Pitchfork

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A call went out on social media to help fork the pitch at Droyslden Football Club. I arrived at the Butchers Arms and spotted a group of men already on the pitch. As I walked towards them they shouted “come and help us love” so I put on my pink wellies and did just that. They appeared surprised for a moment and then welcomed me. They were wrestling with an extremely large sheet of plastic which was tangled and full of water. Billy one of the other volunteers explained that there was a match tomorrow but the wind had blown the coverings off and the pitch was water logged in the centre. Snow was on its way and the ground needed protection from further damage. The volunteers had hoped to help drain the pitch but the centre was extremely marshy and would need a couple of days of dry weather with wind preferable. That wasn’t the forecast so protection was the only real option. As we untangled the knotted covering I spoke to the volunteer next to me. Billy had volunteered on and off for ten years for the club and now came down three days a week helping with the dressing rooms and preparing the pitch. He was a supporter of one of Manchester’s premier league clubs and had followed them around the country. When his son became ill he came along to his local club and they treated his son really well. Billy said it was like a family and you met people on the terraces and saw them again each week. He enjoyed volunteering to help the club and his children helped out too even though they were now grown. The covering was extremely heavy but many hands make light work and we untangled it together and then grabbed a cup of tea. The volunteers discussed previous matches, players and strategy as we drank our tea and some had Bovril or was it OXO? I was a bit confused about the drink and the conversation but it was nice to enjoy a drink on the side of the pitch.

We went back to work and dragged the covering into the centre of the pitch. I laughed as we waded through the mud because I had the image of falling and the entire sheet going over my head. I didn’t and it didn’t. As we cleared other parts of the pitch I met James a new volunteer to the club. He explained that he wanted to volunteer because this was real football and echoed what Billy had said about bigger clubs not caring as much for the fans. James said he would like to volunteer more in the future. Billy took the time to give me an in-depth lesson in dealing with diverts. He explained that the volunteers helped with the pitch maintenance, put up the nets, cleared the changing rooms, stewarded and helped with hospitality. I thought about the amount of people that must do this for the big clubs.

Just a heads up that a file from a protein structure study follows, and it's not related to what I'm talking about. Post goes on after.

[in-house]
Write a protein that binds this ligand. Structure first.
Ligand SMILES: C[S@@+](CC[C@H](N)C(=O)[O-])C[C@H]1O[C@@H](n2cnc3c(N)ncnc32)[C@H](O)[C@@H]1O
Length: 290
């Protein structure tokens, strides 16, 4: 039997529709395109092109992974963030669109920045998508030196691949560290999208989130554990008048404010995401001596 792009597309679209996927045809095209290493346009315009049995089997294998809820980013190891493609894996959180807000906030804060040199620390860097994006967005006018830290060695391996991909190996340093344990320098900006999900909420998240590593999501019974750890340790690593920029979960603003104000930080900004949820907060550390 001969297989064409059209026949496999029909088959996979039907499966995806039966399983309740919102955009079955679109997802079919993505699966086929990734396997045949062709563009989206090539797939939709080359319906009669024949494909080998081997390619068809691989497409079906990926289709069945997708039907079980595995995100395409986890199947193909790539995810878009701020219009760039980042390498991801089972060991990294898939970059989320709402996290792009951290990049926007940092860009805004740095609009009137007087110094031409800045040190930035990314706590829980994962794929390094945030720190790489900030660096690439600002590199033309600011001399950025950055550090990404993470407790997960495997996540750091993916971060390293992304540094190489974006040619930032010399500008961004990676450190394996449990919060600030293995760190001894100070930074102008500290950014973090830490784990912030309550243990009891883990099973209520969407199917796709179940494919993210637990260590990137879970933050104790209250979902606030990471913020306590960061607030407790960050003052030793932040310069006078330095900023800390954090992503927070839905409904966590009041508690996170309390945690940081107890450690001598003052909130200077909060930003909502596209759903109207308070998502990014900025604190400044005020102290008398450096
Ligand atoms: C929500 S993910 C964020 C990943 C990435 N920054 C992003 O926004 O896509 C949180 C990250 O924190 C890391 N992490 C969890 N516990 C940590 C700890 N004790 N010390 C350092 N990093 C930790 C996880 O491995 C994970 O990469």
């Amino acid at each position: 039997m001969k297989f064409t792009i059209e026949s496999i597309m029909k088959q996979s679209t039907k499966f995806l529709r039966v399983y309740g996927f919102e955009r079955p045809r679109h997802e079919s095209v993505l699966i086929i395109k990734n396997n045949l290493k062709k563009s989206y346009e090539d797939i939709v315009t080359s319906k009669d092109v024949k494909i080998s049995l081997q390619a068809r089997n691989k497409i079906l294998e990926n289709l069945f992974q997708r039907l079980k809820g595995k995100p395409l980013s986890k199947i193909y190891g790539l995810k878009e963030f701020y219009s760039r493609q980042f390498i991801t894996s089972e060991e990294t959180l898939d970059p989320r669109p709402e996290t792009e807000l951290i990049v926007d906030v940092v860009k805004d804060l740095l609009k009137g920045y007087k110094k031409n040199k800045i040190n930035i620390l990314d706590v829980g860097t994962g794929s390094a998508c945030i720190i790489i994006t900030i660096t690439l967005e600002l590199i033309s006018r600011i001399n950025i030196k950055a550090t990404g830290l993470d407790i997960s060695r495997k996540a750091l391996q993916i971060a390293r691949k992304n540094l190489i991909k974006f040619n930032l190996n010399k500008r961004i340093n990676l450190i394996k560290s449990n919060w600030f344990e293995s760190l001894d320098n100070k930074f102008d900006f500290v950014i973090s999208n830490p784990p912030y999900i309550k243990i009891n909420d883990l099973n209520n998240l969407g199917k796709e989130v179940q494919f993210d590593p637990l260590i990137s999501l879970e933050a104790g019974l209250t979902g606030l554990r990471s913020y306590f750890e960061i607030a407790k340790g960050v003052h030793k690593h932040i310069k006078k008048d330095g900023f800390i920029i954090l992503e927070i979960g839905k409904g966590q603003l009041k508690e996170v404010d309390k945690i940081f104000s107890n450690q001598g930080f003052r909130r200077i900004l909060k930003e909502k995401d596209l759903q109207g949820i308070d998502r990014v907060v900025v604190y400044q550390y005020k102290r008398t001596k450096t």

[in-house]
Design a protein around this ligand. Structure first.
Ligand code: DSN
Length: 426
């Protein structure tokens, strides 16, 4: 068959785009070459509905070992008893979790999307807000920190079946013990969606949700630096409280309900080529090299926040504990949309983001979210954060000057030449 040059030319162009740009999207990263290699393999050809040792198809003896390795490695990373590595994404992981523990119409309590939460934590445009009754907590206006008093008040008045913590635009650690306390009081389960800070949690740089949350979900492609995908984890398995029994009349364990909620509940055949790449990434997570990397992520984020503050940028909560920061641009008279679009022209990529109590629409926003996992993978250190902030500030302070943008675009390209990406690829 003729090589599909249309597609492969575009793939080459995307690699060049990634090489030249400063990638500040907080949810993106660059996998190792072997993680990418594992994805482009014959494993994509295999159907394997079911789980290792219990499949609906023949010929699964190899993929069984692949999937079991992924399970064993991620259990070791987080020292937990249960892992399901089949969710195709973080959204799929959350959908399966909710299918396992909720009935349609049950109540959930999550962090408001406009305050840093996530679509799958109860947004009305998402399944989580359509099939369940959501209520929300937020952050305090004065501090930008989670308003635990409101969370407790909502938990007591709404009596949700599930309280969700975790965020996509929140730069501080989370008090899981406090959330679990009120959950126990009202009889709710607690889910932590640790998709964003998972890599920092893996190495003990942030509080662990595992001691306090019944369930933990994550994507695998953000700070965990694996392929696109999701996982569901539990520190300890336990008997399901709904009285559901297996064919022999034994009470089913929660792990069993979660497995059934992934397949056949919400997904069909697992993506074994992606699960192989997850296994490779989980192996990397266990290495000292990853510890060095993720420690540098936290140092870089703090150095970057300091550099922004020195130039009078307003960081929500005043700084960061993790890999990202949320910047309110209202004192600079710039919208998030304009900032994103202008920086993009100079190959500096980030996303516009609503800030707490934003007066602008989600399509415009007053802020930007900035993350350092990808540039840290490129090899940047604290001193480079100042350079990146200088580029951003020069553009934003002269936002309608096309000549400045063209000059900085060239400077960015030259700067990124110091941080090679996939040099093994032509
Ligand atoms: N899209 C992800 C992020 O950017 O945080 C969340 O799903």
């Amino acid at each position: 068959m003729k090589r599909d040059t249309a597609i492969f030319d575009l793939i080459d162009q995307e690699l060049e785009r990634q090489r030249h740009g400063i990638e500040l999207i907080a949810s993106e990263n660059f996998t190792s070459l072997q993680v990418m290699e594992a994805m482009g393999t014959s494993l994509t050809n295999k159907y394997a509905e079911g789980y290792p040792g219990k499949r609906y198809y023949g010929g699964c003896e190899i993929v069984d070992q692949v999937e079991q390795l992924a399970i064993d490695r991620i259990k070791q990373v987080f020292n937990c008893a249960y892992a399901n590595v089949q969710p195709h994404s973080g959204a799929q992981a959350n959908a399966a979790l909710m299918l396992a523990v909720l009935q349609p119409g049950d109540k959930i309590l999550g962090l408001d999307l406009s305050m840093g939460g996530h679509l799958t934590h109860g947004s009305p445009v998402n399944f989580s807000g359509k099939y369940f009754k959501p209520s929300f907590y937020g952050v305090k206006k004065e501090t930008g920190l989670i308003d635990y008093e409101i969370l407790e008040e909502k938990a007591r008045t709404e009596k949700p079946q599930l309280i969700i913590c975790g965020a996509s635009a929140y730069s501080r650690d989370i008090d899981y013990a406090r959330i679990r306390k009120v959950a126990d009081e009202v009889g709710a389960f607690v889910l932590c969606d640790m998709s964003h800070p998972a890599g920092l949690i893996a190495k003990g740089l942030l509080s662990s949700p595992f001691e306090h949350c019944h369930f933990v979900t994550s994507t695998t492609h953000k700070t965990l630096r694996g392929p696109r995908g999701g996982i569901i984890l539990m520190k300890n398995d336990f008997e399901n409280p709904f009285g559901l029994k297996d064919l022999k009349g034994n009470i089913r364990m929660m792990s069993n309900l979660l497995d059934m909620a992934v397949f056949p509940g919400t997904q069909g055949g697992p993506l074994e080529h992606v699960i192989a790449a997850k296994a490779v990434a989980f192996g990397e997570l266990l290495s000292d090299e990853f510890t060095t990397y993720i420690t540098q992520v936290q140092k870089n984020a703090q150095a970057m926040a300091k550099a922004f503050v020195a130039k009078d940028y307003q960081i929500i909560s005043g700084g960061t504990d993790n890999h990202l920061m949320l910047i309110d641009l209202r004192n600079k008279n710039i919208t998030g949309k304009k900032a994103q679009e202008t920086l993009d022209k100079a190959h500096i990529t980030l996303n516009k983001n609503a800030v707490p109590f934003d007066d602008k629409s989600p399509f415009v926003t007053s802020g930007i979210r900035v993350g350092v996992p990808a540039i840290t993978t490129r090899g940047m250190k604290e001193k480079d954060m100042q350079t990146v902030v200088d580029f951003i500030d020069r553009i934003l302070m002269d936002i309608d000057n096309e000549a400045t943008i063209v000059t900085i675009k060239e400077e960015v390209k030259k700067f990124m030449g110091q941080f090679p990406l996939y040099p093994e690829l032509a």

It was looking as if the match was going to be off due to the state of the pitch but that would be the referee’s decision tomorrow. Ian, one of the volunteers, was disappointed that they hadn’t managed to get the pitch match ready but thought they had probably done enough to save the pitch for the season. I felt the atmosphere that Billy described of a family and the banter had picked up as we walked off the pitch. Billy said the referees had thanked the ground staff volunteers in the past for the pitch but their true reward was a match going ahead because of them.

The sun was coming out which was pleasant. Someone shouted “quick take the cover off again”. I had a feeling that the sun was only temporary. It was confirmed because as I left the ground it started to snow. Just in time. I wrapped my new club scarf that I was given around my neck and smiled. Like the countryside volunteers this was a lot of work that people probably didn’t realise happened but just think how many local sporting events just couldn’t happen without the dedication of the volunteers and the passion of the fans.